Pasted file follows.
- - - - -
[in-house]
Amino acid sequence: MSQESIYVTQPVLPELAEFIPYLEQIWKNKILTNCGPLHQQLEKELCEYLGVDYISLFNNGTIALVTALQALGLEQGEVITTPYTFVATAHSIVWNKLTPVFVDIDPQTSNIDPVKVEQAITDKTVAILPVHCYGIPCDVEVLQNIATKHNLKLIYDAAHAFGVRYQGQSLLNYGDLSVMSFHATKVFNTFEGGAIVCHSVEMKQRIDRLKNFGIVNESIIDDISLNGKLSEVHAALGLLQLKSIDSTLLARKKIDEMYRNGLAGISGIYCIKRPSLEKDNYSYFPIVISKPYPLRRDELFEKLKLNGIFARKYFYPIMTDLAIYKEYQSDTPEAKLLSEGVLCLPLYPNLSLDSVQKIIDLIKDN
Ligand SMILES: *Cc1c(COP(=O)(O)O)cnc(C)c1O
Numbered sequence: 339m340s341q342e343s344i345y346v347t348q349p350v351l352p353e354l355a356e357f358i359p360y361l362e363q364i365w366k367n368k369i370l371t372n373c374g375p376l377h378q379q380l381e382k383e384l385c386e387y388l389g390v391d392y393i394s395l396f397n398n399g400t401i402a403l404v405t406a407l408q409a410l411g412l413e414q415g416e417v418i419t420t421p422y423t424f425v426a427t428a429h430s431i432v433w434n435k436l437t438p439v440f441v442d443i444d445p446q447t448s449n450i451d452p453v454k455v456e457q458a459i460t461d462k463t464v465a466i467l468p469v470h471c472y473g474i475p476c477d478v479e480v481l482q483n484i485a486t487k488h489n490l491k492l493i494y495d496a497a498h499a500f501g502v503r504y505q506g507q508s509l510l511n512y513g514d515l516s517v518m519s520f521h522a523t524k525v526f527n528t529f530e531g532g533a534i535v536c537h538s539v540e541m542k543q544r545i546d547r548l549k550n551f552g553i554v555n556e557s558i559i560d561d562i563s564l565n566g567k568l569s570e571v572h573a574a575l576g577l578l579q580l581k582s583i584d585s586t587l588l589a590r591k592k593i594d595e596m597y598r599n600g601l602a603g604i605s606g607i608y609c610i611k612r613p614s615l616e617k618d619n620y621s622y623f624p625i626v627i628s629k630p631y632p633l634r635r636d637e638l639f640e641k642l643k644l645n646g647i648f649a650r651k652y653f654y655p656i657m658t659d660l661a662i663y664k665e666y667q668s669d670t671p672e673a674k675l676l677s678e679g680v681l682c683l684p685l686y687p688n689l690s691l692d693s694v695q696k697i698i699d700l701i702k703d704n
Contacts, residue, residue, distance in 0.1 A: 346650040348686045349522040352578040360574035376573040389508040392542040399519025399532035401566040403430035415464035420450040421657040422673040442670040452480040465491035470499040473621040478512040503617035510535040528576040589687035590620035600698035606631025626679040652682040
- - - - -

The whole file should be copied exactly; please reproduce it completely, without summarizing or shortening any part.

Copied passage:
[in-house]
Amino acid sequence: MSQESIYVTQPVLPELAEFIPYLEQIWKNKILTNCGPLHQQLEKELCEYLGVDYISLFNNGTIALVTALQALGLEQGEVITTPYTFVATAHSIVWNKLTPVFVDIDPQTSNIDPVKVEQAITDKTVAILPVHCYGIPCDVEVLQNIATKHNLKLIYDAAHAFGVRYQGQSLLNYGDLSVMSFHATKVFNTFEGGAIVCHSVEMKQRIDRLKNFGIVNESIIDDISLNGKLSEVHAALGLLQLKSIDSTLLARKKIDEMYRNGLAGISGIYCIKRPSLEKDNYSYFPIVISKPYPLRRDELFEKLKLNGIFARKYFYPIMTDLAIYKEYQSDTPEAKLLSEGVLCLPLYPNLSLDSVQKIIDLIKDN
Ligand SMILES: *Cc1c(COP(=O)(O)O)cnc(C)c1O
Numbered sequence: 339m340s341q342e343s344i345y346v347t348q349p350v351l352p353e354l355a356e357f358i359p360y361l362e363q364i365w366k367n368k369i370l371t372n373c374g375p376l377h378q379q380l381e382k383e384l385c386e387y388l389g390v391d392y393i394s395l396f397n398n399g400t401i402a403l404v405t406a407l408q409a410l411g412l413e414q415g416e417v418i419t420t421p422y423t424f425v426a427t428a429h430s431i432v433w434n435k436l437t438p439v440f441v442d443i444d445p446q447t448s449n450i451d452p453v454k455v456e457q458a459i460t461d462k463t464v465a466i467l468p469v470h471c472y473g474i475p476c477d478v479e480v481l482q483n484i485a486t487k488h489n490l491k492l493i494y495d496a497a498h499a500f501g502v503r504y505q506g507q508s509l510l511n512y513g514d515l516s517v518m519s520f521h522a523t524k525v526f527n528t529f530e531g532g533a534i535v536c537h538s539v540e541m542k543q544r545i546d547r548l549k550n551f552g553i554v555n556e557s558i559i560d561d562i563s564l565n566g567k568l569s570e571v572h573a574a575l576g577l578l579q580l581k582s583i584d585s586t587l588l589a590r591k592k593i594d595e596m597y598r599n600g601l602a603g604i605s606g607i608y609c610i611k612r613p614s615l616e617k618d619n620y621s622y623f624p625i626v627i628s629k630p631y632p633l634r635r636d637e638l639f640e641k642l643k644l645n646g647i648f649a650r651k652y653f654y655p656i657m658t659d660l661a662i663y664k665e666y667q668s669d670t671p672e673a674k675l676l677s678e679g680v681l682c683l684p685l686y687p688n689l690s691l692d693s694v695q696k697i698i699d700l701i702k703d704n
Contacts, residue, residue, distance in 0.1 A: 346650040348686045349522040352578040360574035376573040389508040392542040399519025399532035401566040403430035415464035420450040421657040422673040442670040452480040465491035470499040473621040478512040503617035510535040528576040589687035590620035600698035606631025626679040652682040